Minister: There are two ways in which this question can be addressed. As I said, we don’t like the number nine. At the same time, I think one can legitimately ask, why is it only nine in the context of what is happening elsewhere in the world. Because you would expect a far higher number given the internet penetration in Singapore, given our openness to external influences.
We have done a number of things. Why the number is relatively small? One, as I said, it’s not just what the Government does. It's what the Muslim community has done, what the mosques have done. Generally, I think most people in Singapore understand whatever your religion, you don't go towards a path of violence. You know, religion teaches peace. You can live in harmony. Both social harmony as well as religious harmony is possible. And Singapore is a daily reminder of the benefits of that and the possibilities of that. So, you know, people live in an atmosphere of peace, they live together in estates, which are multiracial, in schools that are multiracial, and our entire system is structured to have everyone trying to achieve their full potential, I think that is by and large accepted, so that reduces people's desire to become radicalised.
Second, as I said, you know, the mosques, the messages they give, the teaching of Islam, churches, the teaching of Christianity, Hinduism, the other religions, what they teach about their respective religions, is generally one of peace, on harmony, on how to live together in a multiracial society. So, all of these things have helped.
I think the main reason why the number is, I would say is actually small, is the community itself. It could have been much more than nine. Then of course, the efforts of MHA. We start young, we block the websites that we think are prone to make people radicalised, but that’s continuously chasing your tail. That's one part.
Second, schools undertake counter radicalisation efforts to educate our young people to the dangers of radicalisation and what the alternate paths are, meaningful activities to channel their energies. All of these help. So, we're not going to be able to stop this. It's a question of how we can try and keep the numbers as low as possible.
11. Question: Are you concerned that these numbers are merely the tip of the iceberg? And also, there are going to be some laws to tackle online harms. Do you feel that these laws will be enough to deal with the problem of self-radicalisation?
Minister: I won’t say that the laws are enough. I think the laws give us some powers. But you know, these things cannot be dealt with by laws alone. By the time the law moves, by the time you detain, the person has already become radicalised. So you do need those powers to prevent further violence. But the interventions have to be very upstream and we do intervene very upstream. But I keep emphasising, it is not just the Government, it’s the community and how the community comes together.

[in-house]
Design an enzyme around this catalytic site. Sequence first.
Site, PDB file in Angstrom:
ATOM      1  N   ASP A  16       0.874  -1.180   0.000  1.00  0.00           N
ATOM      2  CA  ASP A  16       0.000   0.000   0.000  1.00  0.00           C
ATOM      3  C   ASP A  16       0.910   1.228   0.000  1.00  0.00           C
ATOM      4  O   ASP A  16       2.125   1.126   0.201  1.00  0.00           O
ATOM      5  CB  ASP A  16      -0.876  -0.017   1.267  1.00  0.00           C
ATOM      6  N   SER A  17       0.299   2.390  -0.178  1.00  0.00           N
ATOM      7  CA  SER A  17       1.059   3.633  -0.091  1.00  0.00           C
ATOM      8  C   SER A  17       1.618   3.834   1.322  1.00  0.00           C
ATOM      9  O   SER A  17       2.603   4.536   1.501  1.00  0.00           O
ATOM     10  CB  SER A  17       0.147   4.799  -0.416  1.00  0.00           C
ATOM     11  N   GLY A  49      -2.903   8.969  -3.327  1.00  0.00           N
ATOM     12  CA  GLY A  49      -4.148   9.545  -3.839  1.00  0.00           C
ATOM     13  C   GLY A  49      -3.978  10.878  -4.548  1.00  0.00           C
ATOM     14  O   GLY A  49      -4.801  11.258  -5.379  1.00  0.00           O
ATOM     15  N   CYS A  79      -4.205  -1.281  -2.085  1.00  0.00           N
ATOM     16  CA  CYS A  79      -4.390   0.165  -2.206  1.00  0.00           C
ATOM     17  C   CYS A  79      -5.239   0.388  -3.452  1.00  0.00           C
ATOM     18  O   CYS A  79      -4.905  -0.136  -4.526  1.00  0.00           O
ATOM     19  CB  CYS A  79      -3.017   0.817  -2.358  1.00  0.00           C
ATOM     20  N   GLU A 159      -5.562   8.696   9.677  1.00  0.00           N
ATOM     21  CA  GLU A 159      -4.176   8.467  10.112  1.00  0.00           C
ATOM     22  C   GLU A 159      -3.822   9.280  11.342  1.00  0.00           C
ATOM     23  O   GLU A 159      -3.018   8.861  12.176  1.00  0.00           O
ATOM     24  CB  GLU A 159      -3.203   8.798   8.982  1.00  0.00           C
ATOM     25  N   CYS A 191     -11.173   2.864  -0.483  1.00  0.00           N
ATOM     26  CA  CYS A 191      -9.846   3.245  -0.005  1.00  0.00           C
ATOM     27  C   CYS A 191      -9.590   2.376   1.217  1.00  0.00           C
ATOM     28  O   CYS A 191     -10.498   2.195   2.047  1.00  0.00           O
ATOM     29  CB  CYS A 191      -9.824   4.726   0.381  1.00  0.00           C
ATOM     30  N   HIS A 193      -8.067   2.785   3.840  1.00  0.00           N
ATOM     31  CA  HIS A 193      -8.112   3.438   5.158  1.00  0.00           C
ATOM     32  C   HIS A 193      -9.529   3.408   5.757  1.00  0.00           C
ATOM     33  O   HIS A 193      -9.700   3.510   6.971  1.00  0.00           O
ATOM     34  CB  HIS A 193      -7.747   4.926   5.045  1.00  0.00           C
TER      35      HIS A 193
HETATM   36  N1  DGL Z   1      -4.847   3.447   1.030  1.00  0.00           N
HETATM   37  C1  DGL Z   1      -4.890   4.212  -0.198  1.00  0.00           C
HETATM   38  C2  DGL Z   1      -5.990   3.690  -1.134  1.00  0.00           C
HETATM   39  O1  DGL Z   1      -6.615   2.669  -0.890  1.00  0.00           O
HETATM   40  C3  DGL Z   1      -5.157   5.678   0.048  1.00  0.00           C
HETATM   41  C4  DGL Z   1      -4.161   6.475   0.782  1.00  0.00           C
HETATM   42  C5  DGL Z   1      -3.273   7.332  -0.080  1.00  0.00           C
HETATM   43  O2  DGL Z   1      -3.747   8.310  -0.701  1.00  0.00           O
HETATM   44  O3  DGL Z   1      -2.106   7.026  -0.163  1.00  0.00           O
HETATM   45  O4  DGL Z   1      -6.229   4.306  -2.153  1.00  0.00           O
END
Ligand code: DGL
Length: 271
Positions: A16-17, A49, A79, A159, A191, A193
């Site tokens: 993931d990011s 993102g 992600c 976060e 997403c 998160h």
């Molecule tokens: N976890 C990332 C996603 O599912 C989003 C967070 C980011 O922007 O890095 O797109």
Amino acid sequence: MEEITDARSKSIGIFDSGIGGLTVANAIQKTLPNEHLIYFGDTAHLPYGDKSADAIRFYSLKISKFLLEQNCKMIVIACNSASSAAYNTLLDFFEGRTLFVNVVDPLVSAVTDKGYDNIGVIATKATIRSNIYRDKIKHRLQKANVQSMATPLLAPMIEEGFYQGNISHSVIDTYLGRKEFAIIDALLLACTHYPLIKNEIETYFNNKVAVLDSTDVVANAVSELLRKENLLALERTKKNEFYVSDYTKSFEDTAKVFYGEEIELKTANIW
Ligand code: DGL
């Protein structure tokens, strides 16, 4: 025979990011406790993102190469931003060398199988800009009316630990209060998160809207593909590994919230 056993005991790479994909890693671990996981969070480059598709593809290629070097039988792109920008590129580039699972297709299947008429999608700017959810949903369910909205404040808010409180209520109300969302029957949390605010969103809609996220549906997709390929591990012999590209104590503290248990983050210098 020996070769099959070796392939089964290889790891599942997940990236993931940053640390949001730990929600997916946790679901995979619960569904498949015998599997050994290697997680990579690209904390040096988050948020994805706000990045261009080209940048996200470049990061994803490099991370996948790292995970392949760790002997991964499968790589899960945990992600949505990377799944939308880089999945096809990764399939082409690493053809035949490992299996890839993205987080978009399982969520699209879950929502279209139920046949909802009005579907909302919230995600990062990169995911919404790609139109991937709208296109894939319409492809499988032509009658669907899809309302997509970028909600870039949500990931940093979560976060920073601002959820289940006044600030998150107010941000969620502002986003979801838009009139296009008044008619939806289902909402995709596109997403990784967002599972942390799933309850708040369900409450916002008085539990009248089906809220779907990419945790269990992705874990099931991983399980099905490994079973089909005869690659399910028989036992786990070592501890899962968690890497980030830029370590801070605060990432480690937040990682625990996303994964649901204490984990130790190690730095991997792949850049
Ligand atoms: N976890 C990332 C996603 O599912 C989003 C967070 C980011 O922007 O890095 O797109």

12. Question: Minister, was there evidence that Irfan had influenced his friends
Minister: There is no such evidence at this point.
13. Question: Minister, understand that Irfan and the other detainee that was placed under detention barely a month ago were influenced by the same extremist preacher. So were there any links between the two cases?
Minister: No links as far as we are aware, but these preachers, their teachings are available. And some people go on there, and do get influenced.
14. Question: How has been the family’s response?
Minister: I think they understand and we have explained to them. I think they’re appreciative that Irfan has a good chance of rehabilitating himself, getting through his school, work and then going on to the employment sector.
15. Question: Can I check how many people are currently detained?
Minister: 16 are in detention.
16. Question: Have you been to this Mosque after its redevelopment? Can we have your comments on this please?
Minister: I’ve been coming to Khalid Mosque for many years. Chairman Haji Alla’udin Bin Mohamed is a very good friend. I asked him half-jokingly, is this a renovation or re-building? Because the building we are in, of course the mosque, the entire mezzanine floor has been added. Next to it is the new building that has been put up where they will conduct classes, various activities. So whole new building has come up. It's part of the progress of Singapore. It’s an old mosque site, mosque has been here for many years, and it's been rebuilt at a cost of $3 million. This shows the support of the community and partners and the determination of Alla’udin and his team. I think it’s very well done.